The health and safety of the Libbey House guests and volunteers is our top priority. Our Board is closely monitoring the CDC and Ohio government agencies guidance regarding the COVID-19 virus that is sweeping the country. 

The Libbey House is now OPEN for rentals and we are currently taking reservations for special events at the House following the Governor’s COVID-19 restrictions for event venues.  We are sorry for this inconvenience but this is to keep everyone safe and limit exposure as much as possible.  Due to this evolving health situation, we will continue to monitor the situation, and the measures we take may change as necessary. 

Thank you for your understanding during these unique and unprecedented times. Please look forward to our Victorian Tea and Salon Lecture Series rescheduled for late fall. 

Stay safe. We hope to see you soon.

The Edward D. Libbey House is a National Historic Landmark at 2008 Scottwood Avenue in Toledo, Ohio. Built in 1895, it was the Home Edward Libbey (1854-1925), a businessman who revolutionized the glassmaking industry in the United States. It was declared a National Historic Landmark in 1983. It is now owned by a nonprofit public charity dedicated to its preservation.

Edward Drummond Libbey came to Toledo in 1888 from Boston, where he and his family owned the New England Glass Company. Mr. Libbey decided to move the company west to take advantage of Toledo’s plentiful natural gas and sand, both important resources for a glass manufacturer — as well as economical building sites and an enthusiastic labor force. Northwest Ohio welcomed Libbey with open arms. In fact, The Blade of August 17, 1988 wrote, “All Toledo welcomes you to the future glass center of the world!” In 1892, after firmly establishing the glass company in Toledo, Libbey changed the name of the business to The Libbey Glass Company.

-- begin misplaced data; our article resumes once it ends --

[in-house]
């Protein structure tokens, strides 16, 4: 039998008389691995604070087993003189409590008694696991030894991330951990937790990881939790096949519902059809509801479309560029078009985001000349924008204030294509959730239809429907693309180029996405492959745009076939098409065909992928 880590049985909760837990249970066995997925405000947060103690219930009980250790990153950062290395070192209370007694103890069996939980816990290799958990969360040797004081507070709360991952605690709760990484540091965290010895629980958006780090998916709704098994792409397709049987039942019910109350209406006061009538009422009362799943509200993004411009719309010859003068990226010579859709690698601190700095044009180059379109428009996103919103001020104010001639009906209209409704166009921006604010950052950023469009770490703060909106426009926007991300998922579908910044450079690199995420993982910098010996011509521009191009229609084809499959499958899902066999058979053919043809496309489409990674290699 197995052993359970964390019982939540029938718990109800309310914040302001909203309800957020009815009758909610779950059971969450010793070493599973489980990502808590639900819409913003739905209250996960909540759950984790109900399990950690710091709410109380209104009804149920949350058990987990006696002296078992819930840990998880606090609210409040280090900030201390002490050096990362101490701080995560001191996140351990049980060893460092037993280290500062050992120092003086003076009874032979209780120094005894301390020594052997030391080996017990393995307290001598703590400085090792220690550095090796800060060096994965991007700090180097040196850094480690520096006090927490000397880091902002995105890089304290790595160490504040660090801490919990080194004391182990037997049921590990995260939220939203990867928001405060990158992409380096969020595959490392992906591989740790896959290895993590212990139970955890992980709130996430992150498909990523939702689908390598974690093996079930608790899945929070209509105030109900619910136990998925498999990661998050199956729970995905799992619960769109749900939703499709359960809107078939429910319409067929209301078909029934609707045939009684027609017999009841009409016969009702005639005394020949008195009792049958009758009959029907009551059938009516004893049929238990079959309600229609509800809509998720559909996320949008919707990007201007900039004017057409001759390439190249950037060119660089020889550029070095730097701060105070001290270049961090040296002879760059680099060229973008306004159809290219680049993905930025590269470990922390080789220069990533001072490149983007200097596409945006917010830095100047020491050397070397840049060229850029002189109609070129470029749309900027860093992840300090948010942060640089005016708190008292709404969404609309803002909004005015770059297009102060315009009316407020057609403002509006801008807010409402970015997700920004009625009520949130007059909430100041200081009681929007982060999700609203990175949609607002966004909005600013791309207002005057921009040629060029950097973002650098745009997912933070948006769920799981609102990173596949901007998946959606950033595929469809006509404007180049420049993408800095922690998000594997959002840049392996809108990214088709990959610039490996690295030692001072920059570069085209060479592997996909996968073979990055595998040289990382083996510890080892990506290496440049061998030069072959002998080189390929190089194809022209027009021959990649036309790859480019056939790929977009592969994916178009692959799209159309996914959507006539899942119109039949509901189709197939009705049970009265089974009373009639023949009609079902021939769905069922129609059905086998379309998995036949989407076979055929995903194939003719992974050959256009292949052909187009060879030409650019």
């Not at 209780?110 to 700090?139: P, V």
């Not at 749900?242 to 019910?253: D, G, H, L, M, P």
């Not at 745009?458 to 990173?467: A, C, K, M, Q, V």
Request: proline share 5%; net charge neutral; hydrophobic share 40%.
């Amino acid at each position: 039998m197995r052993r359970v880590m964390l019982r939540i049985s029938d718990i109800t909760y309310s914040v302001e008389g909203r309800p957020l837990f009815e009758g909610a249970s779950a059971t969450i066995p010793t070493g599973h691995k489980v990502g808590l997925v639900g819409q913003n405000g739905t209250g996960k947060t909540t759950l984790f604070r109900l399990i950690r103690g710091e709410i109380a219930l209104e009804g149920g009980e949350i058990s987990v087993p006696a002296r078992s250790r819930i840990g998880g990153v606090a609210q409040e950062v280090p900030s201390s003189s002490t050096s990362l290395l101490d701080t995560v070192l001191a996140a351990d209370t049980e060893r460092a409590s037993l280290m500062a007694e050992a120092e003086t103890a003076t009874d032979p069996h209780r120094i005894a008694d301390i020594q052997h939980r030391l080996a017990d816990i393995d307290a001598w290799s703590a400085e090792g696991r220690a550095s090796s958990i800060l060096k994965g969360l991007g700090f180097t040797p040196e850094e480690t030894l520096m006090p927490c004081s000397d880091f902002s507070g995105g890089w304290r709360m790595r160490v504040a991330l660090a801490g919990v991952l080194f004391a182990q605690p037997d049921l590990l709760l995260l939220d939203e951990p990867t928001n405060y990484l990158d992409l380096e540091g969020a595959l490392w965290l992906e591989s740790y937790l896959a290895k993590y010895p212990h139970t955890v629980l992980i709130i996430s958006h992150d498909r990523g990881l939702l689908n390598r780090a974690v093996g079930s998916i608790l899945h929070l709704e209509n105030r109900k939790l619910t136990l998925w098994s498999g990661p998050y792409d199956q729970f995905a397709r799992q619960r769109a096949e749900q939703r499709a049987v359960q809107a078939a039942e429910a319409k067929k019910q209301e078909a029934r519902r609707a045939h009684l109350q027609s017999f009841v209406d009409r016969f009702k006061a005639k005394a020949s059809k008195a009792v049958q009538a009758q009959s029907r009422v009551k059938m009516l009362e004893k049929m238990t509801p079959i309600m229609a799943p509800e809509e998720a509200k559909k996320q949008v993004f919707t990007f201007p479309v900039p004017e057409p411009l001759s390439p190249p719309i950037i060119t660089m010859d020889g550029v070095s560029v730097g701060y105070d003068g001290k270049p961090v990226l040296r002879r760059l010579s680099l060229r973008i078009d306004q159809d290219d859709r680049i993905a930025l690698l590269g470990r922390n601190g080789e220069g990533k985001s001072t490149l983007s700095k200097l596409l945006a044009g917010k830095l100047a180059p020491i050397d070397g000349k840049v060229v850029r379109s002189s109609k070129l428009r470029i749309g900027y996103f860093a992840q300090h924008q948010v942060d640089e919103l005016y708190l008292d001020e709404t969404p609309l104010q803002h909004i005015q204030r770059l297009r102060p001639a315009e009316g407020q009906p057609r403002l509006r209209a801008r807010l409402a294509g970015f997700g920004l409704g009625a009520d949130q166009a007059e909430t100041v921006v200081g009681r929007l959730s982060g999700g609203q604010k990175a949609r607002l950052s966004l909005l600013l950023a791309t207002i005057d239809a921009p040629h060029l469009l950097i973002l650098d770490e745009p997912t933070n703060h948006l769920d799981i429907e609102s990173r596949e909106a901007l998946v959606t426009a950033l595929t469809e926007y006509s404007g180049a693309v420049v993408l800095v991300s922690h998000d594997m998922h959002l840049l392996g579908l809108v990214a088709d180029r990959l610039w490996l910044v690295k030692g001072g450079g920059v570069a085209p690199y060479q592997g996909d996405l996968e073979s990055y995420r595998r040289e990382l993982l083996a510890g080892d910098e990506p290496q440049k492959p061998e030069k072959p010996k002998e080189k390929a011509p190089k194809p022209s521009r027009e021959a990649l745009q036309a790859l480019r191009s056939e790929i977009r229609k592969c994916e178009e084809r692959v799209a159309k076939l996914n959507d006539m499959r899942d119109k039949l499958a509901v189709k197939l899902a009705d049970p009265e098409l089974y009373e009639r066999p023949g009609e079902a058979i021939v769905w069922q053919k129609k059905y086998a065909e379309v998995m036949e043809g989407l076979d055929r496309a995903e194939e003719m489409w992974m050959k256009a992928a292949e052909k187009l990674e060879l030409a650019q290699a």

In 1890, Edward Drummond Libbey married Florence Scott. They commissioned architect David L. Stine to design their home that was built at 2008 Scottwood Avenue in 1895. Today, this beautiful shingle and colonial revival style mansion is a major structure of Toledo’s Historic Old West End neighborhood.  Once restored, this National Historic Landmark will serve as a unique venue for the Libbey House Foundation to offer events and receptions on the first floor, and an education and conference center on the second and third floors.


Libbey House: 125 years. Join us in 2020 as we celebrate the 125th anniversary of the Libbey House, a National Historic Landmark. The Libbey House Foundation is hosting a number of events that celebrate the legacy of Edward Drummond and Florence Scott Libbey in Toledo and explore the Libbeys impact that shaped Toledo. Libbey House Foundation, in partnership with the Ability Center of Greater Toledo, receives an Ohio History Fund Grant from the Ohio History Connection for accessibility improvements. This project is made possible in part by the Ohio History Fund, a grant program of the Ohio History Connection. The Ohio History Fund is made possible by voluntary donations of state income tax refunds, sales of Ohio History “mastodon” license plates, and other donations. The Harless Shepherd family graciously donates their collection of American Brilliant Cut Glass by Libbey to the Libbey House so that future generations can enjoy these beautiful examples of world class craftsmanship. The Toledo Woman’s Club donates antique furniture and paintings to the Libbey House to furnish the Bridal Room.